Give yourself a work week to try it.  Just 5 days.  See what you can do with it.  I’m betting you’ll surprise yourself.

If you’re interested in doing the microburst thing, let me know in comments.  I’m absolutely willing to make up a badge you can use on your blog and give you a place to report in every day to share your progress.  Who knows?  Maybe it will become a thing.

11 thoughts on “Microburst Writing Sprints

  1. I’m loving this post! My creative writing instructor called that a free write. The only rule being you can’t let your pencil stop moving for the entire five minutes. You have to write something even if it’s, “I don’t know what to write.” over and over again.

    I used that tactic in my noveling blog, Uninvoked, to help me get past some of the tougher points. The rough draft of it is complete now, and my main characters Amy and Bernard have been put through quite a lot in those five minute bursts. (I usually entertain myself by doing something horrible to my characters in those little bursts. I’m sure they hate them.)

  2. I’ve been stealing 10 minute blocks of time from The Paying Job for a little while now. While I can sometimes only get 500-700 words in 20 minutes, it’s still a lot more writing than I could do before. I don’t force myself to not stop writing, though, as I’ve somehow managed to get my internal editor to agree to only critique some things.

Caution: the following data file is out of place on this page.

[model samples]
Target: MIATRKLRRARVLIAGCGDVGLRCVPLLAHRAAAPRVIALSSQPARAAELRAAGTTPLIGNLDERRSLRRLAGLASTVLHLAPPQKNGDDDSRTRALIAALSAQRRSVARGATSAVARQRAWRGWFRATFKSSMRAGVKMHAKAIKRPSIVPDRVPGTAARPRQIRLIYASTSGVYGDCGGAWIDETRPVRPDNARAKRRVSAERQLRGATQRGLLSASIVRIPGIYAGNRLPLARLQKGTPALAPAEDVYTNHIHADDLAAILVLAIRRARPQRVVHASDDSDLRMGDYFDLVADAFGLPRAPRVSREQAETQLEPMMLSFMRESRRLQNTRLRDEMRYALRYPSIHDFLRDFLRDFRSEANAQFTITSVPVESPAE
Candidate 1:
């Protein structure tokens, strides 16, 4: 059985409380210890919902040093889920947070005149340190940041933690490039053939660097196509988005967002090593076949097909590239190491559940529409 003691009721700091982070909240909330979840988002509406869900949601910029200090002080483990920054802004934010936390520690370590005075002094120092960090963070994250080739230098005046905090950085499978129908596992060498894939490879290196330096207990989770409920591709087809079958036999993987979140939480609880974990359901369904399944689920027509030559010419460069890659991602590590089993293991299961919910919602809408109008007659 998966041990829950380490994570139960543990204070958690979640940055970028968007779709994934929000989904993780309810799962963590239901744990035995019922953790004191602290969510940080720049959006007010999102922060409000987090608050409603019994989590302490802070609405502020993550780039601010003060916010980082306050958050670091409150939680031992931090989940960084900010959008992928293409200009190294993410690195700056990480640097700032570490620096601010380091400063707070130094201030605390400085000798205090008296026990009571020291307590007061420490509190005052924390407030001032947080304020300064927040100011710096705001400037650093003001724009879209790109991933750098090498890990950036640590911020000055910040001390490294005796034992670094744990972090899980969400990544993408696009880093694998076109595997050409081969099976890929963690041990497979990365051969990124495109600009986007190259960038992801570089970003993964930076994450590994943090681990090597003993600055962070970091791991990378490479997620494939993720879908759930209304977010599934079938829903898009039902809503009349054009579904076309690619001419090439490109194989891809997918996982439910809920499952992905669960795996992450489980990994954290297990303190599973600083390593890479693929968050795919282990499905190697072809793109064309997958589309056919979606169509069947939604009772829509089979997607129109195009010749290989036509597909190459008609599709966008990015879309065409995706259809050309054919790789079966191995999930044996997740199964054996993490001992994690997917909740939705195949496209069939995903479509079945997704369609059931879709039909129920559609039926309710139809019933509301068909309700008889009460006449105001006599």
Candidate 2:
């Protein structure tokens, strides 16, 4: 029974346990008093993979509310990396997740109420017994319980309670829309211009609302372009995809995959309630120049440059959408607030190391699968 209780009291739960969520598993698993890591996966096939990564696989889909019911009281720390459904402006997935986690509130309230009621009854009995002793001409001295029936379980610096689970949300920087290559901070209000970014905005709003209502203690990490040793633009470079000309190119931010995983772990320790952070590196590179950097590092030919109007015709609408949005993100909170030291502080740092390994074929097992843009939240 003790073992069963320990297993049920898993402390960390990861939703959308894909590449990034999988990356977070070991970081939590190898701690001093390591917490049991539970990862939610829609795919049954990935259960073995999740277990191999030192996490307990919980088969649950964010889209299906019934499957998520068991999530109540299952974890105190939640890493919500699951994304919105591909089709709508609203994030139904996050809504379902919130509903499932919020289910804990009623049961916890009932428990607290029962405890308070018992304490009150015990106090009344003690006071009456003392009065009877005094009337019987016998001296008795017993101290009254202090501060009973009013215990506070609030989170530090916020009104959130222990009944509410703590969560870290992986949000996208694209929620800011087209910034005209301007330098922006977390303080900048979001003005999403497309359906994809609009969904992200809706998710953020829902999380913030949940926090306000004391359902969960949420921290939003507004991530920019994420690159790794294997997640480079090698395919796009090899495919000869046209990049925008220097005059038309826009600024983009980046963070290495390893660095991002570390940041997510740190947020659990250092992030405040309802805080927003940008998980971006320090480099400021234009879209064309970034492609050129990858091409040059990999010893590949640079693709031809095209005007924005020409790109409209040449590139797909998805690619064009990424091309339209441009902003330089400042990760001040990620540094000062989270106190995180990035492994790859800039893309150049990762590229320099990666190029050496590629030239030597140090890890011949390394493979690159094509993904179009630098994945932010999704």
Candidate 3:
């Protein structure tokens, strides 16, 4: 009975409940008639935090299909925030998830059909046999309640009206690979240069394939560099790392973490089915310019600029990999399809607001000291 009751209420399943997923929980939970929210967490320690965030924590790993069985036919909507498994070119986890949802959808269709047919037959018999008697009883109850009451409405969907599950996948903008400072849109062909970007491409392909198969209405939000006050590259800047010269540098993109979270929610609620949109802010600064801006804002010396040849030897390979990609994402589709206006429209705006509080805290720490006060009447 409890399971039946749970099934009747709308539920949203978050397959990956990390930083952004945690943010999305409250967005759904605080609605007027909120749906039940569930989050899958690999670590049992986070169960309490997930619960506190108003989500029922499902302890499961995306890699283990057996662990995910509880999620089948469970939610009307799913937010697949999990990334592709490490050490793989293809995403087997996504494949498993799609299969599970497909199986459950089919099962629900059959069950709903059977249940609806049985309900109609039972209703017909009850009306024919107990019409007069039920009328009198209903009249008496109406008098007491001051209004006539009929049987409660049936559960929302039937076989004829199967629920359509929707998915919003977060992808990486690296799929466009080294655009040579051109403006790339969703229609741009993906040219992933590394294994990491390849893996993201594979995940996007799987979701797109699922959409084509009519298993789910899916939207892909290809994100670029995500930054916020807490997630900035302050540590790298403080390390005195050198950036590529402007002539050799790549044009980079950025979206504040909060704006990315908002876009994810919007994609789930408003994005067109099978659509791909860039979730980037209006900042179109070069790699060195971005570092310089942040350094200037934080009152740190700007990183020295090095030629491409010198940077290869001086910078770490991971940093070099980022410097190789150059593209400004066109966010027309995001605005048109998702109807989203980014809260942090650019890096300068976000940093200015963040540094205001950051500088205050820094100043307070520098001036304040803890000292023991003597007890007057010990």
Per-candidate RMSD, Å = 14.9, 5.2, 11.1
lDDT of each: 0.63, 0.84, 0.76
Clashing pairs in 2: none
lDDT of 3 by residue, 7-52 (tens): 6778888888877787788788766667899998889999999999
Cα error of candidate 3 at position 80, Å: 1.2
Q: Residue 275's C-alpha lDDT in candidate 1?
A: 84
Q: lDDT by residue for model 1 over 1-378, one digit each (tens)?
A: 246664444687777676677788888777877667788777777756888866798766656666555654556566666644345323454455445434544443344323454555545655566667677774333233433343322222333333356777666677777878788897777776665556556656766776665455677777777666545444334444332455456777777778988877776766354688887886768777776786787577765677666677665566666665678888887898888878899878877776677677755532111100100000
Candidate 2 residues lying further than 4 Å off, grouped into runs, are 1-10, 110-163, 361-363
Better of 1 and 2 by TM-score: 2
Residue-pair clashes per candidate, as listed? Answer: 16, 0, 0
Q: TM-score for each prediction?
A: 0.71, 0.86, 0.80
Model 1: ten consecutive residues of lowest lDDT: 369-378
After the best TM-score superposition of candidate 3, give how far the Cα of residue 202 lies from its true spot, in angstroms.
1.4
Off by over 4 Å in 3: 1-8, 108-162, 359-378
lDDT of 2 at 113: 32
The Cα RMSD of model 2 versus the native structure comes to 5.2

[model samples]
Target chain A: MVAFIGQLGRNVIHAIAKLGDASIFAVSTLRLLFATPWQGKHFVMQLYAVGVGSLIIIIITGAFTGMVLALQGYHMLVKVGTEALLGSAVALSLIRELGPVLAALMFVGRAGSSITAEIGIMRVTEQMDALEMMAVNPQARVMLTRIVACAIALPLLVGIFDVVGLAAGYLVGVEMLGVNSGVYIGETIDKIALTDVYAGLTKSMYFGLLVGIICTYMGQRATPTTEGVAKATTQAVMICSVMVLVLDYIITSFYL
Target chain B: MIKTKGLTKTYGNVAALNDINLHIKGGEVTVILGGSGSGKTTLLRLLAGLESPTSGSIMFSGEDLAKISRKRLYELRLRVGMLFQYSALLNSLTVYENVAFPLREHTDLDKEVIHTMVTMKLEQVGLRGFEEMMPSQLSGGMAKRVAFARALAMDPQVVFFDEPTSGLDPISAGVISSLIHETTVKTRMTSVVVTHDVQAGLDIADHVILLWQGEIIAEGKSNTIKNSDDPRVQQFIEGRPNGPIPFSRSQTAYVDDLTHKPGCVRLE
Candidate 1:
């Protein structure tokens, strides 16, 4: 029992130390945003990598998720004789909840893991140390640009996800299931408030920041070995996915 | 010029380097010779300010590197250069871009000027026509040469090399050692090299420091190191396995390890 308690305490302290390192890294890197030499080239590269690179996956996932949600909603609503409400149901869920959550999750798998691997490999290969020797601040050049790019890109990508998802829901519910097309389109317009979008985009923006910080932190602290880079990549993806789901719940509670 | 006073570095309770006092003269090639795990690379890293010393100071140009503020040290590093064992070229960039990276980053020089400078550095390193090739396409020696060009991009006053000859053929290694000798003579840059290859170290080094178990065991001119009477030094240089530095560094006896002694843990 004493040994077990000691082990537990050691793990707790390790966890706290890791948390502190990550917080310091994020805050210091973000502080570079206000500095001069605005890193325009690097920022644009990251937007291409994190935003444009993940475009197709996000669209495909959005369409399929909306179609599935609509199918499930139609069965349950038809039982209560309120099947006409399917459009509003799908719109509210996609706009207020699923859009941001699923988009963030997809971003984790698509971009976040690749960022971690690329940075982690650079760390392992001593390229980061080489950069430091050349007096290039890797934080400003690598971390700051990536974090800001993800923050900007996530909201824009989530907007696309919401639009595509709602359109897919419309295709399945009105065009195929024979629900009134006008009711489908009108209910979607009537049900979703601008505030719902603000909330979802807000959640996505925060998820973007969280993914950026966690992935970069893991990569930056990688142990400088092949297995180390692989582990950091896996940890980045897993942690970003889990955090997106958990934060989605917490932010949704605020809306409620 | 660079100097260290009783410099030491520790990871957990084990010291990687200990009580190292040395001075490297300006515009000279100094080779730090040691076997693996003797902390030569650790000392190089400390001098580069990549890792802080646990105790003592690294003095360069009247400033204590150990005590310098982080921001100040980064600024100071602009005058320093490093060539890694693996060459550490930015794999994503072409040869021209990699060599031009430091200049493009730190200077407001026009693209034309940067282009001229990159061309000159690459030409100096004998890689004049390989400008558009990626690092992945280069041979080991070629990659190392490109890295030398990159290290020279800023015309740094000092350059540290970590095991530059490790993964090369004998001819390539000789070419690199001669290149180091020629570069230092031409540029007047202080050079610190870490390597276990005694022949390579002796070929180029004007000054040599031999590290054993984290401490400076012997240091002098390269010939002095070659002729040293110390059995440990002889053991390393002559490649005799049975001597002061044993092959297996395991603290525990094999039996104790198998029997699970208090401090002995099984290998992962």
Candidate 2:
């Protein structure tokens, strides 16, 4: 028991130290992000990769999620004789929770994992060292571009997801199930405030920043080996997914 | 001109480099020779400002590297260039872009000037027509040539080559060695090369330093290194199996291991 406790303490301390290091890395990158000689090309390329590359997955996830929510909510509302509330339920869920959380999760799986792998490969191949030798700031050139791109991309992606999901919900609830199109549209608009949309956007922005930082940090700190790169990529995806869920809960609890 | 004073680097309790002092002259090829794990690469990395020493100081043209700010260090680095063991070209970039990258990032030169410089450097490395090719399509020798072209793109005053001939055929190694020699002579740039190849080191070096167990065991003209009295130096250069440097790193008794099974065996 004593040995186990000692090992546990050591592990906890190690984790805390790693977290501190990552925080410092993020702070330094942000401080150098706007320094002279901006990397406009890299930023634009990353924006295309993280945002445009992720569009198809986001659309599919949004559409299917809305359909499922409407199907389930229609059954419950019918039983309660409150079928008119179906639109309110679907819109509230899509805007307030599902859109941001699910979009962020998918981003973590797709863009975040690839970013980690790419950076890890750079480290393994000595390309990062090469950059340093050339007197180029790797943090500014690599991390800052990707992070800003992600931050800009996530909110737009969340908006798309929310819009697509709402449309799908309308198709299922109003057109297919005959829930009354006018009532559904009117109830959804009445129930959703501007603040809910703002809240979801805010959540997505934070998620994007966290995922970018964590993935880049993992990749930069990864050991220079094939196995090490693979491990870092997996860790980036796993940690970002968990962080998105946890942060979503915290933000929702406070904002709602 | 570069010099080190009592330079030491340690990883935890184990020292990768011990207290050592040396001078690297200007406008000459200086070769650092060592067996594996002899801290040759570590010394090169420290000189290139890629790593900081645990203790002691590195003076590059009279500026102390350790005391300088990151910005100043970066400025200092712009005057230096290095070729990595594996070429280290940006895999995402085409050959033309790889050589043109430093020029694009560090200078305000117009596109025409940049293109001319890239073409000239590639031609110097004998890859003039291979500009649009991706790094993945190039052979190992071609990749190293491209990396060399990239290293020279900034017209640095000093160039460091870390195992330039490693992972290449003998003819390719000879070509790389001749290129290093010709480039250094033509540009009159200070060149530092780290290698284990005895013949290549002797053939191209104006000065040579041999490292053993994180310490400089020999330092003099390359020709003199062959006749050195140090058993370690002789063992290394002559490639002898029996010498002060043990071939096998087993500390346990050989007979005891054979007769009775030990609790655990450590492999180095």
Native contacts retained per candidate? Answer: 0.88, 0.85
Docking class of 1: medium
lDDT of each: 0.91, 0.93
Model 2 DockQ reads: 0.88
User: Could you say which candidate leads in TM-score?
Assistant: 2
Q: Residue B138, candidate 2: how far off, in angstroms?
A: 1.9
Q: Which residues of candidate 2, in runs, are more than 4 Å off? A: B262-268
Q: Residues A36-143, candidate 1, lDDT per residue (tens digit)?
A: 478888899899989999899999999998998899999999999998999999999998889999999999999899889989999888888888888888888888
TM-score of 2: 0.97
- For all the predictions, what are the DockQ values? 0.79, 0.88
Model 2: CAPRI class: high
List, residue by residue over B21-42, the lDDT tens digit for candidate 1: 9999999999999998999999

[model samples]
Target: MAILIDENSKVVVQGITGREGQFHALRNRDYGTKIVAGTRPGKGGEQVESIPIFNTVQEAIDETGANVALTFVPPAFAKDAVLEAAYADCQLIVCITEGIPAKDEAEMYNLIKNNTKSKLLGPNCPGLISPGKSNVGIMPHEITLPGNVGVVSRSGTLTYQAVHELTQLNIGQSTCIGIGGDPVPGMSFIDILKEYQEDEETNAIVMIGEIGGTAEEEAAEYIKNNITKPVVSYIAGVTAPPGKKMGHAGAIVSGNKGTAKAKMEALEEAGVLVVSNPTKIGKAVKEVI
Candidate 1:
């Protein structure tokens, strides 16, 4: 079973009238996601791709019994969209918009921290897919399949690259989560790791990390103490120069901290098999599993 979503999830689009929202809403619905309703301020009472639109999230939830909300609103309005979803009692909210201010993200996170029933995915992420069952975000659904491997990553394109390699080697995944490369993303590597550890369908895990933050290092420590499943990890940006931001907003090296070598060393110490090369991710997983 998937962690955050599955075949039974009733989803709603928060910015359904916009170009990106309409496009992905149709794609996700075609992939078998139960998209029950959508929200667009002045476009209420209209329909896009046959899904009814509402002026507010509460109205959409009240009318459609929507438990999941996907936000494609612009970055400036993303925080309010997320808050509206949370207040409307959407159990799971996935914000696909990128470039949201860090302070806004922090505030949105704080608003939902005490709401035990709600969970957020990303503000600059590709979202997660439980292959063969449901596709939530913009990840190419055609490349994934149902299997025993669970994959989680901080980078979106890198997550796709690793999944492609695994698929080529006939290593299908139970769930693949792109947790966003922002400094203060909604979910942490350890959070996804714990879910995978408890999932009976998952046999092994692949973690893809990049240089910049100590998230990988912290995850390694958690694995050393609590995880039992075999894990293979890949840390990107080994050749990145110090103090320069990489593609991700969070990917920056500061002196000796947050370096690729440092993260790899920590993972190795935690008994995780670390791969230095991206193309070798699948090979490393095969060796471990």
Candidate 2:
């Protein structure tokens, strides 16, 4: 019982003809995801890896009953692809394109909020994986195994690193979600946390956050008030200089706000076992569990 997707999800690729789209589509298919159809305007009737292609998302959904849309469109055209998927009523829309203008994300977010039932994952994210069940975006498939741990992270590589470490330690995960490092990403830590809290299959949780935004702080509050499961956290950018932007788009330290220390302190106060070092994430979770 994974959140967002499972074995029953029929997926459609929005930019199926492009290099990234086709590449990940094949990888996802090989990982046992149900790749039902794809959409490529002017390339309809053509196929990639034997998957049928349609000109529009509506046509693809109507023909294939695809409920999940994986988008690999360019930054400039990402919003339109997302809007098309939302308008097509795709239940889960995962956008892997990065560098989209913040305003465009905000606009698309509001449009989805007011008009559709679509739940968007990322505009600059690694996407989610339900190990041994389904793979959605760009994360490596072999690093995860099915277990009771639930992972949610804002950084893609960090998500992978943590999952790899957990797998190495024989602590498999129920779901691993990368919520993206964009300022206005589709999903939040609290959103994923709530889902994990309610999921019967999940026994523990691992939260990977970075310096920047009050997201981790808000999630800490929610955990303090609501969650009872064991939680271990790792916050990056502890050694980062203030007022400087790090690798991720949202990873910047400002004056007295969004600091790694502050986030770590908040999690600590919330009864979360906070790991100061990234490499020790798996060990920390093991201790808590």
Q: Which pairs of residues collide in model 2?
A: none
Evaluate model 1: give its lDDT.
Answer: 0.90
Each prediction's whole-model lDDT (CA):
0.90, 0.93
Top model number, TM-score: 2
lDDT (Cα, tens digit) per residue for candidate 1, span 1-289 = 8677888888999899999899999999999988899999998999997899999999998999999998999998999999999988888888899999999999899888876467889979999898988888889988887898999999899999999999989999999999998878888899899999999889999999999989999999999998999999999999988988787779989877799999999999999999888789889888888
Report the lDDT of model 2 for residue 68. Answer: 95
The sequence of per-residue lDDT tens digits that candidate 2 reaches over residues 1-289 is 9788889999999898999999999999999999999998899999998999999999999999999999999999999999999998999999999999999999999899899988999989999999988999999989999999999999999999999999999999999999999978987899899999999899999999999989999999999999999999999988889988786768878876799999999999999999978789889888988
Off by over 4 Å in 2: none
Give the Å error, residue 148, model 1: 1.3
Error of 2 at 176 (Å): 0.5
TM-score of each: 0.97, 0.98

Editor: “That sentence does not say what you want it to, and you know it.”
    Me: “Okay, you’ve got 30 seconds and ONE rewrite to make it better.”

  3. Like Uninvoked, I think this is a great technique to get past particularly difficult patches of writing. I’ve found that even if I end up chucking what I write in one of these microbursts, I may have gained new insight into one of the characters or carved out a new idea along the way.

    1. Oh I wouldn’t expect the WRITING to go up on a blog somewhere. Too many hinky issues relating to first publication rights and such. Just the word count report was what I was talking about.

  4. I’m going to try this, starting tomorrow. Not that I don’t write at work anyways, but it seems like a great way to “balance” writing with other responsibilities and maybe get more writing done than normal.

    I’m not brave enough to post an icon on my blog though…something I’d prefer to keep mostly to myself lest anyone take umbrage with it.

  5. Well I’d be up for giving it a mad dash. Maybe we could make a web ring of people who are trying it. ^^ Worst that can happen is we get some words but can’t use them, right?

    1. Quality isn’t the name of the game here. It’s all about butt in chair, getting words on paper–or screen as the case may be. Shall we do daily check ins?

  6. Absolutely going to give this a try, starting on Monday! It’s perfectly suited to my work schedule – as perfectly as anything can be, and can’t do anything but help. Thanks for sharing this idea.